The Skifa Kahla
The Skifa Kahla, also known as Bab Zouila, is a 10th century fortification, the structure is one of the few remnants of the ancient walls of Mahdia in Tunisia.
The building was built by the Fatimids, in which it was used as the main fort to protect access to the city.
The fort is one of the rare vestiges of the old ramparts, in addition to being one of the access points to the historic center of Mahdia.
The construction of the building dates back to 916. It is believed that the building was built by order of the Mahdi.
The design of the structure is based on Fatimid architecture. In the 11th century, modifications were made to the building to accommodate more Turkish-made artillery, halls and storehouses were also built to house arms and ammunition.
The building survived the siege of the city of Mahdia executed by the monarch Charles V.
For a time, the building was the only land entrance to the city of Mahdia. The building served as a defense to prevent Christian invasions as well as imperial wars from the city of Mahdia.
According to historians, including some Spanish, the name “Skifa Kahla” is said to mean “Dark Vestibule” (in French: Vestibule Noir).
In 1554, a group of Spaniards blew up the entrance to the building. After the attacks of the Spaniards, the building underwent several modifications.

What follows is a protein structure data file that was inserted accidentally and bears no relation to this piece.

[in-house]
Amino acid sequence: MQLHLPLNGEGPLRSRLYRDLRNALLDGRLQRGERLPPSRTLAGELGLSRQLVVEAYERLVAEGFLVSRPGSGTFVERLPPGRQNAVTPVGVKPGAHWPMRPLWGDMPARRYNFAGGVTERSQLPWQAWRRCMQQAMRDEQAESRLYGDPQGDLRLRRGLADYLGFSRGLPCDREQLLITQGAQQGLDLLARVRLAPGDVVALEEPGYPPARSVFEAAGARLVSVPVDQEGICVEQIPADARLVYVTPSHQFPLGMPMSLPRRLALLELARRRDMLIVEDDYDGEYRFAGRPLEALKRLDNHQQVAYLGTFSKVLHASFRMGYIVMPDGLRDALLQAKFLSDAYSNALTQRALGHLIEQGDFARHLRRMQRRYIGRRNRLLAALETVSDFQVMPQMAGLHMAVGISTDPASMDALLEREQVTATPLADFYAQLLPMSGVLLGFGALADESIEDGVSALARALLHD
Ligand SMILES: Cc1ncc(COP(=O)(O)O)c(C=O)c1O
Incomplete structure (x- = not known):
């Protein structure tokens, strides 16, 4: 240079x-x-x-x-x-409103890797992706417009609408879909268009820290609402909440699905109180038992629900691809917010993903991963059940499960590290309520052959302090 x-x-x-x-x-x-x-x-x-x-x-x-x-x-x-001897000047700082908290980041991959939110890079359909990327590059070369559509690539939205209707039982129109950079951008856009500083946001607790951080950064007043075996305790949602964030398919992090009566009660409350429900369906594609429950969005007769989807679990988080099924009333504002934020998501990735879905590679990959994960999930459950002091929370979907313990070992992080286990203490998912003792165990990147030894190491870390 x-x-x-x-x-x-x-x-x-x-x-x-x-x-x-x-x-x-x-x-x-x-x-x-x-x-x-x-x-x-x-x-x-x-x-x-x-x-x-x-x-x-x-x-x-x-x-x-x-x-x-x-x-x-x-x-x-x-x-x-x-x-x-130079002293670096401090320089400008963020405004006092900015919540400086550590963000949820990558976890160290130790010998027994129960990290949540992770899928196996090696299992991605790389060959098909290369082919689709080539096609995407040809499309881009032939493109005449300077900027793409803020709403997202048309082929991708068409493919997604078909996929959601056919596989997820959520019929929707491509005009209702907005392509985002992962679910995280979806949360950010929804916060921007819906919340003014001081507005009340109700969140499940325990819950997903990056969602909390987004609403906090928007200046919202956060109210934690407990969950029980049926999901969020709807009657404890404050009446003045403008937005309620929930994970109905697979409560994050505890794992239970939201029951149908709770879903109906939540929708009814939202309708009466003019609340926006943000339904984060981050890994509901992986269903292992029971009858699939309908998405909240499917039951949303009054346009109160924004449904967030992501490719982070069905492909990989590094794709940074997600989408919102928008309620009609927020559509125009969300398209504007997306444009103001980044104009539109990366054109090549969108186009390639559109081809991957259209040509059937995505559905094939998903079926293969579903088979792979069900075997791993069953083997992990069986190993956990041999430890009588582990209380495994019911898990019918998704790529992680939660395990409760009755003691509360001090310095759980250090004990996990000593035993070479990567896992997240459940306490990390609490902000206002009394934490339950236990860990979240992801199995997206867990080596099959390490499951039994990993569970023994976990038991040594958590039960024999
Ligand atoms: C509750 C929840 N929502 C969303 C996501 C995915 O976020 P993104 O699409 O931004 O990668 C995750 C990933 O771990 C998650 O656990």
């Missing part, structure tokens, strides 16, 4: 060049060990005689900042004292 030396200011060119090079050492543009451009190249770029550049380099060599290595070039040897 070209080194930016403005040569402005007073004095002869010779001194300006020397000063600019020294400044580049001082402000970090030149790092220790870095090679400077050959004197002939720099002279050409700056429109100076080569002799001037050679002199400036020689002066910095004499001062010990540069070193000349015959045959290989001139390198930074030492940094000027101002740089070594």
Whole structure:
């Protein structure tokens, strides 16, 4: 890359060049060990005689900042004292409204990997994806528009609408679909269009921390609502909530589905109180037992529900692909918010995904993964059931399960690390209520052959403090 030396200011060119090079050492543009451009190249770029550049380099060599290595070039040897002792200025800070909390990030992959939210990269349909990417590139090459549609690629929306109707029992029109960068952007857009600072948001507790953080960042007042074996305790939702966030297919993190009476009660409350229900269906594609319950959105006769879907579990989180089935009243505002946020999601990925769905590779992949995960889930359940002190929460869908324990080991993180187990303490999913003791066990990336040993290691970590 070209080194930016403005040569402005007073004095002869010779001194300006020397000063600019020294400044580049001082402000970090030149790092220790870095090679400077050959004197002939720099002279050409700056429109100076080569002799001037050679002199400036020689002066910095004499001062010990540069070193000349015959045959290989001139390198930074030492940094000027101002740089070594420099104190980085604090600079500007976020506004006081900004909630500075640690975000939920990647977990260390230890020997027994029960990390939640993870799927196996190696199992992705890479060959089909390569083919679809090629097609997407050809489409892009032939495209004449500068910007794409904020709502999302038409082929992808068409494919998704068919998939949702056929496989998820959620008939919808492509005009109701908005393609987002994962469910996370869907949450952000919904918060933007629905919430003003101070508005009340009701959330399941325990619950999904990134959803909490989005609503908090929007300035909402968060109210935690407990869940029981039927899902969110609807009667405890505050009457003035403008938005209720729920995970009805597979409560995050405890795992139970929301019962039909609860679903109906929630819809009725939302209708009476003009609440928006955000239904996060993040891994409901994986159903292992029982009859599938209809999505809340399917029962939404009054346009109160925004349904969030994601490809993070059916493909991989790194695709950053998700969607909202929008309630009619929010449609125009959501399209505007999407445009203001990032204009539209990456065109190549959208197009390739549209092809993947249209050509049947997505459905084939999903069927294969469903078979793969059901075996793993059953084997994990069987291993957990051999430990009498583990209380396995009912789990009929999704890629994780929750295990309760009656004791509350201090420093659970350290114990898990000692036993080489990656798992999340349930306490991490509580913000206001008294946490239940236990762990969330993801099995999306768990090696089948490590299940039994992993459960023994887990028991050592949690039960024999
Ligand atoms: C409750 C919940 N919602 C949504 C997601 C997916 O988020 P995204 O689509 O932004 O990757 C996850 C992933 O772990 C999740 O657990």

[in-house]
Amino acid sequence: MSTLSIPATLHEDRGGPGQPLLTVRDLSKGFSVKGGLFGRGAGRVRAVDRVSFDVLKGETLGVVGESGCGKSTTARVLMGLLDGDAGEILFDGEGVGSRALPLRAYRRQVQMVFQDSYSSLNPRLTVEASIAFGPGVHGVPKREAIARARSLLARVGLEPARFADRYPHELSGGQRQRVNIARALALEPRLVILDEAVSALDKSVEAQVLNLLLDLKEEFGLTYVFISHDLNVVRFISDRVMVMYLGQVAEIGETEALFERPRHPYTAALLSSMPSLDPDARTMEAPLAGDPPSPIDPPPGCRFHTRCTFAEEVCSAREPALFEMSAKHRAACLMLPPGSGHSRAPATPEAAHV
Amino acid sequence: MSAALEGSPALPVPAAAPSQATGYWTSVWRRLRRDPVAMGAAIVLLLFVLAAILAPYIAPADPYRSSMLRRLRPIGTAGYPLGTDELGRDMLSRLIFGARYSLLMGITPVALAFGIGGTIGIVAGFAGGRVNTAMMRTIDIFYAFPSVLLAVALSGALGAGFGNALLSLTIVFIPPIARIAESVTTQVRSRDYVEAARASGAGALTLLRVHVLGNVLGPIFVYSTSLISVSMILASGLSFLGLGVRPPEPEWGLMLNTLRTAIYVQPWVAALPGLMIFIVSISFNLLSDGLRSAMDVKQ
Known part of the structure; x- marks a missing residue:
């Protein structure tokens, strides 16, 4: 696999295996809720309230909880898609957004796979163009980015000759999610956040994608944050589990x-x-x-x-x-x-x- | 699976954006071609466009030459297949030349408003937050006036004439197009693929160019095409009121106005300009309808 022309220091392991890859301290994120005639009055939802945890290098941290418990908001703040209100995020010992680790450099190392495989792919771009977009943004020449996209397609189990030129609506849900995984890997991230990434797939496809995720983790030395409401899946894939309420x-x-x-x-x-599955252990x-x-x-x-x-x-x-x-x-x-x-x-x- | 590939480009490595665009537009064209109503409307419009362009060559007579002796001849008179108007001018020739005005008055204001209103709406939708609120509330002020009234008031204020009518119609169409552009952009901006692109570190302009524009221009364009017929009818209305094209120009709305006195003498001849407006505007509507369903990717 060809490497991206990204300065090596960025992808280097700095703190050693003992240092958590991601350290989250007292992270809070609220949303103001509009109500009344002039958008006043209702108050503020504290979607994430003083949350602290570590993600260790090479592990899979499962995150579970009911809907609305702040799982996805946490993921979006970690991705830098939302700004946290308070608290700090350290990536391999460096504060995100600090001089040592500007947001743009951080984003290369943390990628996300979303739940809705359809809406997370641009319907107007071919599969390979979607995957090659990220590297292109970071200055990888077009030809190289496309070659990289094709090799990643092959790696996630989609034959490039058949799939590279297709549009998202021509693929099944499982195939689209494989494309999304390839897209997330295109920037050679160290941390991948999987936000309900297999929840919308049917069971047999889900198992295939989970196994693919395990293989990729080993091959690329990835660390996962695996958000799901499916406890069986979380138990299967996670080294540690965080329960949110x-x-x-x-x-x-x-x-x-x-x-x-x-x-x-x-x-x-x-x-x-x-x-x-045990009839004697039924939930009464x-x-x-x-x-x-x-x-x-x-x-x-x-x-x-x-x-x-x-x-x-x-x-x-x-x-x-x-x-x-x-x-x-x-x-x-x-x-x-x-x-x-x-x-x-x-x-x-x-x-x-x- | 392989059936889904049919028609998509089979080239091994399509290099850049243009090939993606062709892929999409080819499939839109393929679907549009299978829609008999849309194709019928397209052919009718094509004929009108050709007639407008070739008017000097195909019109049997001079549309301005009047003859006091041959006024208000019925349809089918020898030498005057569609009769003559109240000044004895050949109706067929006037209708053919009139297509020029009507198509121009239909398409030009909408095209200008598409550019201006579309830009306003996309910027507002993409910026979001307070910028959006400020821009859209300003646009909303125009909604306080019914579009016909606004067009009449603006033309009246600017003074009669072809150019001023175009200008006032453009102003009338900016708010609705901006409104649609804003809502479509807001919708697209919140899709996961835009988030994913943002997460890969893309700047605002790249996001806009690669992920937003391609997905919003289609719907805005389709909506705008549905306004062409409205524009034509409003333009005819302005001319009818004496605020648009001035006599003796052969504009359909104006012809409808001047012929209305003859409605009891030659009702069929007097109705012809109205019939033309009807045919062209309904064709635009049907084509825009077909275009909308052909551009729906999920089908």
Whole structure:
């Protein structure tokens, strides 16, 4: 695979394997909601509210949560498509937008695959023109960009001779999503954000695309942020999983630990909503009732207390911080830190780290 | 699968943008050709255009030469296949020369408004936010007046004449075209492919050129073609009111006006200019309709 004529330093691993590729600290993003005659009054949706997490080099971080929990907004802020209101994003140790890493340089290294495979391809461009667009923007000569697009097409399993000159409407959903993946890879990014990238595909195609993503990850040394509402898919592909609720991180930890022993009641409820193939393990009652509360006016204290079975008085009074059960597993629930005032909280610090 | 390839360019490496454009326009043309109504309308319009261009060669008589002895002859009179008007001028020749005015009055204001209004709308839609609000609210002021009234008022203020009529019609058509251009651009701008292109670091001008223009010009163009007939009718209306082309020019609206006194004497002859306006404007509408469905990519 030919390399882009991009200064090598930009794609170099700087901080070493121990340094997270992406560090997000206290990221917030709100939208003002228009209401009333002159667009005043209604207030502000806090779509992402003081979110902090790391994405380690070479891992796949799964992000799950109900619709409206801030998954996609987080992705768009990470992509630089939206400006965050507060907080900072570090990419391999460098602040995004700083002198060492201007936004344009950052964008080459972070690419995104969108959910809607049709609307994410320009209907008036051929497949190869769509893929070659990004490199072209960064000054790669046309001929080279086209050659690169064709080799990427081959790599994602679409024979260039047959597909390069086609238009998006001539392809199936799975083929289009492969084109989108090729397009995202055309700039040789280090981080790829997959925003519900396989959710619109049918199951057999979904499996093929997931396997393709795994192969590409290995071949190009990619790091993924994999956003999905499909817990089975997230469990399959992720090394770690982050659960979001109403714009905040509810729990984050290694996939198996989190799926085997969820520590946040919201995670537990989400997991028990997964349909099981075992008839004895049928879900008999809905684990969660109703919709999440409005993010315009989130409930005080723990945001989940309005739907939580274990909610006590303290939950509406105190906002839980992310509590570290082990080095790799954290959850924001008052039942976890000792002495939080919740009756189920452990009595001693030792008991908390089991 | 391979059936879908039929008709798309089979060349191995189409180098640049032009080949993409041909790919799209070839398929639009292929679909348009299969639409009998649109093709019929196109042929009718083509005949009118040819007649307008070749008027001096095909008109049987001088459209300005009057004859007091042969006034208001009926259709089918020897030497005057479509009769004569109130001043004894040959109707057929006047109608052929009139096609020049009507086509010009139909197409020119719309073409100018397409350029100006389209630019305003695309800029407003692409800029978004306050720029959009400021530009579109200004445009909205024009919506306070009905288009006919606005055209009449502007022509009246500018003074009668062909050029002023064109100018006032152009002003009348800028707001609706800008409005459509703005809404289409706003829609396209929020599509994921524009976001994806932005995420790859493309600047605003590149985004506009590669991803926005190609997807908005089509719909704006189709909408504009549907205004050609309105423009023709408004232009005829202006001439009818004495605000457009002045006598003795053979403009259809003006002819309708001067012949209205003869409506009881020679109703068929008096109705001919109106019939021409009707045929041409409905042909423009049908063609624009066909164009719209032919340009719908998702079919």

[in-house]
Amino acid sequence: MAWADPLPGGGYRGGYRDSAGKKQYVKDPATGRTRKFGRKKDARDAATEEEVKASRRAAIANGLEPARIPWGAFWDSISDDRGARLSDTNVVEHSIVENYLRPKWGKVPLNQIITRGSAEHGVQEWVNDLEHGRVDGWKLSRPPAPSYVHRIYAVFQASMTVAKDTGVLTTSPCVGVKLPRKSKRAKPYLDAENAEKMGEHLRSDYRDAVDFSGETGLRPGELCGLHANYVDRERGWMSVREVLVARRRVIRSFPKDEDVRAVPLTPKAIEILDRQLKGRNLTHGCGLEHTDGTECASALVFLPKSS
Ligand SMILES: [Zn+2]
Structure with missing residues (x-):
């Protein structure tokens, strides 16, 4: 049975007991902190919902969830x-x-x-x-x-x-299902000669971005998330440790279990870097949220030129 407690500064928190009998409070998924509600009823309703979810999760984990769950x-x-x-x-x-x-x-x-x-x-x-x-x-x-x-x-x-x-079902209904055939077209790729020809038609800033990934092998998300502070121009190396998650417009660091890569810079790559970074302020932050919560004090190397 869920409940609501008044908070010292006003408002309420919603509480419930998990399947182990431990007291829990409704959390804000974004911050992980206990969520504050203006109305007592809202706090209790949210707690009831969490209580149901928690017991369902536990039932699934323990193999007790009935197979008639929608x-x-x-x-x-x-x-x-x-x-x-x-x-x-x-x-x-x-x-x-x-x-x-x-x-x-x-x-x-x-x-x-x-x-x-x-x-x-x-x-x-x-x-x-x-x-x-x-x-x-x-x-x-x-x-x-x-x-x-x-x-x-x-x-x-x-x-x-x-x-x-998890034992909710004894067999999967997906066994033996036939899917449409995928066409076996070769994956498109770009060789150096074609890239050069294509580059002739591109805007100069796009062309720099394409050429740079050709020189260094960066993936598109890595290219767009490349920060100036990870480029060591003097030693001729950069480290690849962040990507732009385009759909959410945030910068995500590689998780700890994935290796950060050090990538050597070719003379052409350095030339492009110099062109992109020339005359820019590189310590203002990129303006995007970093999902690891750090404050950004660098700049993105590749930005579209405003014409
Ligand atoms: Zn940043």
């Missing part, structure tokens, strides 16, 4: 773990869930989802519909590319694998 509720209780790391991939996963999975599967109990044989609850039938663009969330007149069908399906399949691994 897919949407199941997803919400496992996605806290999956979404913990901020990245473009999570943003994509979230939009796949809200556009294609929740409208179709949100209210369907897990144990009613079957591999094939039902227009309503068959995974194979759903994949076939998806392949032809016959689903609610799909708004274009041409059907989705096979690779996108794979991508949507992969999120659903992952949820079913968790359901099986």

At the end of the 16th century, the wall system of the building was rebuilt by the Turks. Skifa Kahla served as the main tower for the city’s second line of defense.
In 2015, several concrete restorations were made to the building. The renovations to the building were carried out by the Tunisian National Heritage Institute to commemorate the 1200th anniversary of the founding of the city of Mahdia.
The tower of the building is surrounded by walls built in the Ottoman era. The height of the tower counts 18.5 meters, a depth of 12.70 and a width of 12 meters, the building contains a corridor leading to the markets of the ancient city of Mahdia which has 6 iron gates. The building contains two polygonal projections dating from the 17th century. The structure of the fort includes an archway which is divided into sections by loop gates in addition to a portcullis.